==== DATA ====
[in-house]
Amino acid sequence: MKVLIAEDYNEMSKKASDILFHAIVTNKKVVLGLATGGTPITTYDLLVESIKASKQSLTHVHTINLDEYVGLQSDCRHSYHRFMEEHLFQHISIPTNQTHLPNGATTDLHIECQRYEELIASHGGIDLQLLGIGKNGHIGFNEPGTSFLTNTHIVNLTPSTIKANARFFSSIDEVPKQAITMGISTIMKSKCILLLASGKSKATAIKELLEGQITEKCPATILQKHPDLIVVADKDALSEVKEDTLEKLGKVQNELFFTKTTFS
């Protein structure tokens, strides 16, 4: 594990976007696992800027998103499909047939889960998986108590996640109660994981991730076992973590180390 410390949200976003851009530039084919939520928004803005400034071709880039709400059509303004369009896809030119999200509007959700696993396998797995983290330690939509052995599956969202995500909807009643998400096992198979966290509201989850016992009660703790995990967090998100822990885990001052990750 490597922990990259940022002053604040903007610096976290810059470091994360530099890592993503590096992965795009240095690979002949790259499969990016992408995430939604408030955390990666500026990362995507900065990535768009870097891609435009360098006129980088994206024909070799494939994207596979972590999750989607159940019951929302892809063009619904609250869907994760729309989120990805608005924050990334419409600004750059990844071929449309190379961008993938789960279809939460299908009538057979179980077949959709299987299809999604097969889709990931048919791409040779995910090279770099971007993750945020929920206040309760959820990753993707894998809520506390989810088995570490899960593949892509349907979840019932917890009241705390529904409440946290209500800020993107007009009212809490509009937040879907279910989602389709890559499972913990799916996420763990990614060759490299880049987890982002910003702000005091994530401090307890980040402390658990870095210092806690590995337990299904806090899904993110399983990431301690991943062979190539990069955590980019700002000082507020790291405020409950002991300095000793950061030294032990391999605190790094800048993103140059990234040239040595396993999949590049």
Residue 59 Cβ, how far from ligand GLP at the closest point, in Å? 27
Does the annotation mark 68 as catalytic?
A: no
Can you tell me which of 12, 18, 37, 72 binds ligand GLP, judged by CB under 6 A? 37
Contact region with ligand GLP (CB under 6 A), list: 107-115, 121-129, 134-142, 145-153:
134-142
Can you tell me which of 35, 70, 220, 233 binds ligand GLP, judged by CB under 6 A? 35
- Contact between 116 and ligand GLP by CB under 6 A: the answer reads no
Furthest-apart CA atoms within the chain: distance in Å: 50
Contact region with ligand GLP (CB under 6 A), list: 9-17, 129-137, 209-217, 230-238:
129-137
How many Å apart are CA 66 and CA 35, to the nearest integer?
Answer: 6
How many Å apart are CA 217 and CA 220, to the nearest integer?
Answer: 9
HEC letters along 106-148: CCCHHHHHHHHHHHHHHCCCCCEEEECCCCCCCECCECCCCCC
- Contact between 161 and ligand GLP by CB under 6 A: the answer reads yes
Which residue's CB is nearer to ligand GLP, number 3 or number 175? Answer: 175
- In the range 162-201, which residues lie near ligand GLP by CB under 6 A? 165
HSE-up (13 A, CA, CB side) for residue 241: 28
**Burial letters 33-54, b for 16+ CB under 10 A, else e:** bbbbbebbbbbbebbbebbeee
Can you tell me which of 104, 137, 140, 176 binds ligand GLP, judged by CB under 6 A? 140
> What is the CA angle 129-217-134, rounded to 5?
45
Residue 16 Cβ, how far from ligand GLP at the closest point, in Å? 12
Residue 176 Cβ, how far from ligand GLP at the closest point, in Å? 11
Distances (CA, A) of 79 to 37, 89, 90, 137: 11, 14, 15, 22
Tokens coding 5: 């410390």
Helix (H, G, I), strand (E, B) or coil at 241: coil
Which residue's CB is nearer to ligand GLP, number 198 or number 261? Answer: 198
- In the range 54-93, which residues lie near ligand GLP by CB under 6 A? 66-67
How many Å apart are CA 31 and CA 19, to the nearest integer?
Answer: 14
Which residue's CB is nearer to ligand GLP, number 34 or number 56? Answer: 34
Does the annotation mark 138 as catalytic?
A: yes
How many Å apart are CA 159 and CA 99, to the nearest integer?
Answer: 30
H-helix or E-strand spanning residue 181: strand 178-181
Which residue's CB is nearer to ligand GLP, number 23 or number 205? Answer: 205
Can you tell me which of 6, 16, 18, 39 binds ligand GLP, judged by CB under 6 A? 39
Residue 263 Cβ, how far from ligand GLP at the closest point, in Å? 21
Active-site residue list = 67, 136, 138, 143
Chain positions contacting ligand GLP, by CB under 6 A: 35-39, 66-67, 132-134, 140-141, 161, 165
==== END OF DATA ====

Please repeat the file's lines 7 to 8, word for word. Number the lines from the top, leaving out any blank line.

Can you tell me which of 12, 18, 37, 72 binds ligand GLP, judged by CB under 6 A? 37
Contact region with ligand GLP (CB under 6 A), list: 107-115, 121-129, 134-142, 145-153: